73 Million Trees Are Being Planted To Resurrect Brazil's Tropical Forests

While there's been tremendous efforts in reforestation, it hasn't been able to keep up with man-made destruction. A new process that's being used in the Amazon forests in Brazil could provide quick recovery with little labor.


May 21 2019, Updated 6:58 a.m. ET

For the past 40 years, 20 percent of rainforests in the Amazon have been chopped down. This scary number could double in the near future, meaning that we need to do something on a large scale to replant these forests, else risk losing them entirely. Luckily, a new process in Brazil that doesn’t require much labor, nor many natural resources, could give us tens of millions of trees. That's right: Tens of millions.

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How will this happen? First, some background. The “muvuca” process was created just a few years ago, and the Portuguese phrase translates to “unruly crowd,” or a crowded group in a small place. A wide variety of seeds from over 200 different species will be supplied by the Xingu Seed Network. Many volunteers collected these seeds from around the world and they’ll be dumped onto deforested land that has been damaged and burned, in order to replenish growth.

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It’ll be up to the Amazon’s nature to determine the next step, of course. Up to 90 percent of the seeds will collect enough nutrients to grow into trees. This provides a better opportunity for plants and trees to flourish when compared to raising saplings. Not only do they require more labor, but many wouldn’t be able to thrive in the harsher climate.

“With plant-by-plant reforestation techniques, you get a typical density of about 160 plants per hectare,” Rodrigo Medeiros, Vice President of Conservation International, said to Fast Company. “With muvuca, the initial outcome is 2,500 species per hectare. And after 10 years, you can reach 5,000 trees per hectare. It’s much more diverse, much more dense, and less expensive than traditional techniques.”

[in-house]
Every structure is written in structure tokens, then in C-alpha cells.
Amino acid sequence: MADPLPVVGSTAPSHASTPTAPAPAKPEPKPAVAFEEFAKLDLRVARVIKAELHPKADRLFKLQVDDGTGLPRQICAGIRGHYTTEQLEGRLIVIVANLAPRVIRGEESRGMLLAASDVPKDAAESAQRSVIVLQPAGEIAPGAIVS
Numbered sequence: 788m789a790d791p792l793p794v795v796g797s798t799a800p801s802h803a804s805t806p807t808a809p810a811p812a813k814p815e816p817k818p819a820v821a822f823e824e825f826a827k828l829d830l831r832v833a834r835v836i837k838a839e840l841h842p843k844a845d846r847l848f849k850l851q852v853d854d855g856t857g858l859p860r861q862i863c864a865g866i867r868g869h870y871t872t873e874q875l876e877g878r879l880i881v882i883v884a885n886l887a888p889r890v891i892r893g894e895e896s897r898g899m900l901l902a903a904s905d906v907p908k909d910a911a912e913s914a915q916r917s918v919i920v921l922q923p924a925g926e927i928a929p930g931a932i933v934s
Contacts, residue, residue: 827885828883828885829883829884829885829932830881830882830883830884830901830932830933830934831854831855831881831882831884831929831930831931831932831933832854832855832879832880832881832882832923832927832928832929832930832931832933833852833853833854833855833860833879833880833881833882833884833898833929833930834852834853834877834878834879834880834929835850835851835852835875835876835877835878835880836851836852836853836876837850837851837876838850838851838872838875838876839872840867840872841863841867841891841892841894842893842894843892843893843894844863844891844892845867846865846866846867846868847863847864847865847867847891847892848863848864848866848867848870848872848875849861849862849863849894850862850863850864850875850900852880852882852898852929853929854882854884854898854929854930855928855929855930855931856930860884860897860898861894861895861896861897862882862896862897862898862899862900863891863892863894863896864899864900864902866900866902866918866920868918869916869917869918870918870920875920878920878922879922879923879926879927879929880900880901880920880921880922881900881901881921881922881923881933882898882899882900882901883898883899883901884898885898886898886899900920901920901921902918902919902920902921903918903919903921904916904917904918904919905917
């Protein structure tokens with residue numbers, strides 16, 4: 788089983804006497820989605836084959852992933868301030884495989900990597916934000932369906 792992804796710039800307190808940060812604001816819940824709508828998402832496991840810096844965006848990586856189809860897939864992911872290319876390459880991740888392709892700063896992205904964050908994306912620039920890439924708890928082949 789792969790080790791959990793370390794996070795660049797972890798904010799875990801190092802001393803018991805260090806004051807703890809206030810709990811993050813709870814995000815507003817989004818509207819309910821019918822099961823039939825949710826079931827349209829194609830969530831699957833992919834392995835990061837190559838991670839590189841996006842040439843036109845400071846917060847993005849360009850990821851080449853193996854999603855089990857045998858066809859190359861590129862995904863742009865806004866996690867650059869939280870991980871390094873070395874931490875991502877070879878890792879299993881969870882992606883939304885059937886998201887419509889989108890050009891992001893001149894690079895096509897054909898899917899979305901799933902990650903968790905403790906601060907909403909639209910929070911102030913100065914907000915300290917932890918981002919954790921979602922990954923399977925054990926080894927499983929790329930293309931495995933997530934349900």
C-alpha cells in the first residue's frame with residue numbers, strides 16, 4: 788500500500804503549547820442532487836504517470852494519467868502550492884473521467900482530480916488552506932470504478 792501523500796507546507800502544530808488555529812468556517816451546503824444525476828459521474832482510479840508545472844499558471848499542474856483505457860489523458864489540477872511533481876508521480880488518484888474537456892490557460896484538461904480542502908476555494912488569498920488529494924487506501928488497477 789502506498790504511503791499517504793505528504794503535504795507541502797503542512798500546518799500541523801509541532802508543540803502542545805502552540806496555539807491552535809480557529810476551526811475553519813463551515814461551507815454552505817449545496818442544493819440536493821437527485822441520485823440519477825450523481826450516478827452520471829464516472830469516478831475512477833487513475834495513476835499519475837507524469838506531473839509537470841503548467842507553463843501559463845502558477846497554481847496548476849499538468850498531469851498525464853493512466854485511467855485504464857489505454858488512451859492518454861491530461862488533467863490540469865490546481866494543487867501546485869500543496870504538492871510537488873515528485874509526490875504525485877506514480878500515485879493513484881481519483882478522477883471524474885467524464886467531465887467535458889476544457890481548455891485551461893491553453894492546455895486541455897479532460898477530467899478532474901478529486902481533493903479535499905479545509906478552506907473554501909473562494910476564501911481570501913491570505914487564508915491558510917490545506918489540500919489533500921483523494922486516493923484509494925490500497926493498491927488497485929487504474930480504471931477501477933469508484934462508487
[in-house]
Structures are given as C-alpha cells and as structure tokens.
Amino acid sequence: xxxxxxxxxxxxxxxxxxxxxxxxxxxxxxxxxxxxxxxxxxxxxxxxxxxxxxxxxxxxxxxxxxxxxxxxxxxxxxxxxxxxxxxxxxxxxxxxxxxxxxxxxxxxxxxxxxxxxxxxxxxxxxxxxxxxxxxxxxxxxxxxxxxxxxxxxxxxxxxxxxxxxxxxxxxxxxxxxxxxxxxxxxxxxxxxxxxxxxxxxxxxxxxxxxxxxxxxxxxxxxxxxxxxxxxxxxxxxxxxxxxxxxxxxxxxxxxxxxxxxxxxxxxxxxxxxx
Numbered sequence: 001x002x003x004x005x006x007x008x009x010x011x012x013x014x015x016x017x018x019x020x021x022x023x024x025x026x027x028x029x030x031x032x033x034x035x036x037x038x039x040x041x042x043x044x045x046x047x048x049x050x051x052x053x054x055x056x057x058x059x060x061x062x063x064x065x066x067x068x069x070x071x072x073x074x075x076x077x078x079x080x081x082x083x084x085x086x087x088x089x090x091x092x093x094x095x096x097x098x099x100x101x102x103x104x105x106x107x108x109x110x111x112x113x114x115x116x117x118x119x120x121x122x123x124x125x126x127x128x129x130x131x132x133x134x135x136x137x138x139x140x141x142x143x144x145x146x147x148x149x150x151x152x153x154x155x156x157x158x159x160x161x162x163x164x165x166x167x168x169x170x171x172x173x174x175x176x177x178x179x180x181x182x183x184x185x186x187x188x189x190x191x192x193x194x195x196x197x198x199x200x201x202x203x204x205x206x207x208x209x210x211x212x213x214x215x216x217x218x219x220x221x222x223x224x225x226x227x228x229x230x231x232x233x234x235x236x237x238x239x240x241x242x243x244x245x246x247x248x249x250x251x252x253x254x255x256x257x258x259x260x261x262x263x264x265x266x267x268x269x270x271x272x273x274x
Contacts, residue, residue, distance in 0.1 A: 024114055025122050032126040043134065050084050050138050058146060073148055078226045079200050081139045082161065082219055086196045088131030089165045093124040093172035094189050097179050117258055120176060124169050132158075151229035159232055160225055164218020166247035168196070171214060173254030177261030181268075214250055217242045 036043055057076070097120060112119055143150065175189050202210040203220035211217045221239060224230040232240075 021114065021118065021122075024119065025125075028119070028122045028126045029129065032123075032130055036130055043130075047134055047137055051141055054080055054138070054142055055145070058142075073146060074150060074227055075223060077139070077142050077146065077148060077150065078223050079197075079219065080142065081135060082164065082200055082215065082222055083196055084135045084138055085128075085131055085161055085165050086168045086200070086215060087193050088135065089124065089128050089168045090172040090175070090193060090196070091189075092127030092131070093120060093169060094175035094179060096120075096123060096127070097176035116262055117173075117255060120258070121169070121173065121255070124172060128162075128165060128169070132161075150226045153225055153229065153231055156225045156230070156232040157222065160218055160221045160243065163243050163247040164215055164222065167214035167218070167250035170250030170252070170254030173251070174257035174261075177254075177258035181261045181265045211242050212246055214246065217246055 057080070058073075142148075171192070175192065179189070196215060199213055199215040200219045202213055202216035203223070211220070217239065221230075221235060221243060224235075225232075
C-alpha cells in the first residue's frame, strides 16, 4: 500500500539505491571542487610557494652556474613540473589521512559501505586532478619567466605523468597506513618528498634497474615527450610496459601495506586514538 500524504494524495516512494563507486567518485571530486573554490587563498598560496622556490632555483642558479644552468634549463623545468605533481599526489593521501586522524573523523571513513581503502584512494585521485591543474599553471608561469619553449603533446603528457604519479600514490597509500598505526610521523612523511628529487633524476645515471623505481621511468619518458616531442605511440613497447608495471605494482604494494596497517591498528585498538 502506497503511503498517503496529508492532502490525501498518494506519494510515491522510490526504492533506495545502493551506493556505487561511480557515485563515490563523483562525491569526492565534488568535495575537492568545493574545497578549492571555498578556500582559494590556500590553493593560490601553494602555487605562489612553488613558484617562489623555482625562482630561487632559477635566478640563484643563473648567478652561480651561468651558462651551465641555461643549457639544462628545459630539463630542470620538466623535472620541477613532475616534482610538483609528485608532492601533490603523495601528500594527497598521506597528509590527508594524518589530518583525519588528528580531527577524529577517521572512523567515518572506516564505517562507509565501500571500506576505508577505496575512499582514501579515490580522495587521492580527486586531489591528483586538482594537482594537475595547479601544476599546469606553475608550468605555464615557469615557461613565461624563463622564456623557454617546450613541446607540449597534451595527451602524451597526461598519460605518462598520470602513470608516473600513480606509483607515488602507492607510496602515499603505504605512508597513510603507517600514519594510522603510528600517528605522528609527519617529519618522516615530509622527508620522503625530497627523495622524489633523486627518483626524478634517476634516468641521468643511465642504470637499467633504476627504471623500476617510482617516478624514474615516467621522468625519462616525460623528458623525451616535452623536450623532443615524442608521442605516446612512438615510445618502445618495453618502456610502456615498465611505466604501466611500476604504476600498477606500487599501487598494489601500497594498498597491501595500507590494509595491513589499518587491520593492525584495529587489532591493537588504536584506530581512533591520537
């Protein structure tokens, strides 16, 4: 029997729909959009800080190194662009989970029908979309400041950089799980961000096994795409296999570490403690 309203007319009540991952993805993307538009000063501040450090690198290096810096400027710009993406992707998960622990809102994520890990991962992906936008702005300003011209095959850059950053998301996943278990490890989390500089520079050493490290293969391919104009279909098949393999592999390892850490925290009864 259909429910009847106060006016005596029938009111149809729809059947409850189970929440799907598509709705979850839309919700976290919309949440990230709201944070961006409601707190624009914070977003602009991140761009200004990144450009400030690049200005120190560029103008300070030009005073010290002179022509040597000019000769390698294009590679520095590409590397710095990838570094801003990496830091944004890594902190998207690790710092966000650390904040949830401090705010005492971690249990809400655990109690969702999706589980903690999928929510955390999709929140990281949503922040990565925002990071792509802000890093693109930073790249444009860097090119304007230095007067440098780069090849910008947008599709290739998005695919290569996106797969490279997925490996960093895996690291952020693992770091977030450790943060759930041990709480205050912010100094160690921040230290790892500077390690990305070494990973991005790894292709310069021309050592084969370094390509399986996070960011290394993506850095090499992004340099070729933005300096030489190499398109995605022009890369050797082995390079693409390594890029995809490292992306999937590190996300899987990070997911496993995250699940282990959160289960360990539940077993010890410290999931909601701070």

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Conservation International and Monsanto, an agricultural group, worked with local farmers in Brazil to test the method out. Not only did it boost the economy, but it lowers global warming and increases awareness on deforestation. Should we eliminate deforestation altogether, 37 percent of yearly carbon emissions could be absorbed by the trees left up.

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Luckily, deforestation has gone down over recent years. Back in 2015, Brazil pledged to restore roughly 30 acres of deforested Amazon and to increase renewable energy usage by 2030. In that time frame, they also wanted hydropower to factor in up to one-third of their total energy generation. This new project will open up 2,000 temporary jobs for locals and families can gain up to $700 per hectare (equivalent to 2.47 acres).

Conservation International believes that approximately 73 million trees will be sprouting up after their efforts are over in the Amazon. They’re hoping to restore over 70,000 acres and to clean up the mess that deforestation has left behind.

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